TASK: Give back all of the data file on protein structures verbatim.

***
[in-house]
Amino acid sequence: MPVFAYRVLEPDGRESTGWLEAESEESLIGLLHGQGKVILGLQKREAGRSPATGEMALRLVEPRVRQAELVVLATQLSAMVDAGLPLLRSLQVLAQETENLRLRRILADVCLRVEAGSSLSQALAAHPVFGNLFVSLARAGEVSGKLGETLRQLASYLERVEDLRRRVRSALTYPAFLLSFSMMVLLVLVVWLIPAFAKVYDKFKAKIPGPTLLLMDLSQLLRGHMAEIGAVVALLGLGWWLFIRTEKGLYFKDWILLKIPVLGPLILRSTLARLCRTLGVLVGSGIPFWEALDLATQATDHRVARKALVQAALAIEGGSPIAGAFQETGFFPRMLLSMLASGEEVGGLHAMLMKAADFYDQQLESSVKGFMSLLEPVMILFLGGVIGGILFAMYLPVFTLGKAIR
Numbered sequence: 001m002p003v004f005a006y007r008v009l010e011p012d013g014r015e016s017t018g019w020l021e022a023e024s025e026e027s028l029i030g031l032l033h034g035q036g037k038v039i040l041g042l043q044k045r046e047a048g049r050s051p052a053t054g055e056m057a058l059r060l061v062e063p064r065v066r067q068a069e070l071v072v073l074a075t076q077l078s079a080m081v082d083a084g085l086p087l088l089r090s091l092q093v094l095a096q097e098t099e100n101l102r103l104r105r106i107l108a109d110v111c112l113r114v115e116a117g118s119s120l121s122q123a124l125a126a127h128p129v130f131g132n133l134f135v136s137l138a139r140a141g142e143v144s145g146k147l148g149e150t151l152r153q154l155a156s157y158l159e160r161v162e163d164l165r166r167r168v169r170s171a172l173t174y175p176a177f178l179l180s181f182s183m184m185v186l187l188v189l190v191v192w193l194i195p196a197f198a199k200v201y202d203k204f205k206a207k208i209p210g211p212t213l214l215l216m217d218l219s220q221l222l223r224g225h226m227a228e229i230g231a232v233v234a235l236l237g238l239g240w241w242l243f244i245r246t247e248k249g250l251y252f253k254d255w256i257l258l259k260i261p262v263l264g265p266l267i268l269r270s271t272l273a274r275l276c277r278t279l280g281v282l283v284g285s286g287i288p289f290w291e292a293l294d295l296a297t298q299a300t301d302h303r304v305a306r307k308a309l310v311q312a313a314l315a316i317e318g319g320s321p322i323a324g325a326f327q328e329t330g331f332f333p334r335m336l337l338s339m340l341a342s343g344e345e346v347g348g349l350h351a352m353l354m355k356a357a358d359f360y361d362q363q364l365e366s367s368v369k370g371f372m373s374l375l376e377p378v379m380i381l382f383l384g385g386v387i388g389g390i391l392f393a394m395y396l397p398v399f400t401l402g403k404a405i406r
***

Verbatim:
[in-house]
Amino acid sequence: MPVFAYRVLEPDGRESTGWLEAESEESLIGLLHGQGKVILGLQKREAGRSPATGEMALRLVEPRVRQAELVVLATQLSAMVDAGLPLLRSLQVLAQETENLRLRRILADVCLRVEAGSSLSQALAAHPVFGNLFVSLARAGEVSGKLGETLRQLASYLERVEDLRRRVRSALTYPAFLLSFSMMVLLVLVVWLIPAFAKVYDKFKAKIPGPTLLLMDLSQLLRGHMAEIGAVVALLGLGWWLFIRTEKGLYFKDWILLKIPVLGPLILRSTLARLCRTLGVLVGSGIPFWEALDLATQATDHRVARKALVQAALAIEGGSPIAGAFQETGFFPRMLLSMLASGEEVGGLHAMLMKAADFYDQQLESSVKGFMSLLEPVMILFLGGVIGGILFAMYLPVFTLGKAIR
Numbered sequence: 001m002p003v004f005a006y007r008v009l010e011p012d013g014r015e016s017t018g019w020l021e022a023e024s025e026e027s028l029i030g031l032l033h034g035q036g037k038v039i040l041g042l043q044k045r046e047a048g049r050s051p052a053t054g055e056m057a058l059r060l061v062e063p064r065v066r067q068a069e070l071v072v073l074a075t076q077l078s079a080m081v082d083a084g085l086p087l088l089r090s091l092q093v094l095a096q097e098t099e100n101l102r103l104r105r106i107l108a109d110v111c112l113r114v115e116a117g118s119s120l121s122q123a124l125a126a127h128p129v130f131g132n133l134f135v136s137l138a139r140a141g142e143v144s145g146k147l148g149e150t151l152r153q154l155a156s157y158l159e160r161v162e163d164l165r166r167r168v169r170s171a172l173t174y175p176a177f178l179l180s181f182s183m184m185v186l187l188v189l190v191v192w193l194i195p196a197f198a199k200v201y202d203k204f205k206a207k208i209p210g211p212t213l214l215l216m217d218l219s220q221l222l223r224g225h226m227a228e229i230g231a232v233v234a235l236l237g238l239g240w241w242l243f244i245r246t247e248k249g250l251y252f253k254d255w256i257l258l259k260i261p262v263l264g265p266l267i268l269r270s271t272l273a274r275l276c277r278t279l280g281v282l283v284g285s286g287i288p289f290w291e292a293l294d295l296a297t298q299a300t301d302h303r304v305a306r307k308a309l310v311q312a313a314l315a316i317e318g319g320s321p322i323a324g325a326f327q328e329t330g331f332f333p334r335m336l337l338s339m340l341a342s343g344e345e346v347g348g349l350h351a352m353l354m355k356a357a358d359f360y361d362q363q364l365e366s367s368v369k370g371f372m373s374l375l376e377p378v379m380i381l382f383l384g385g386v387i388g389g390i391l392f393a394m395y396l397p398v399f400t401l402g403k404a405i406r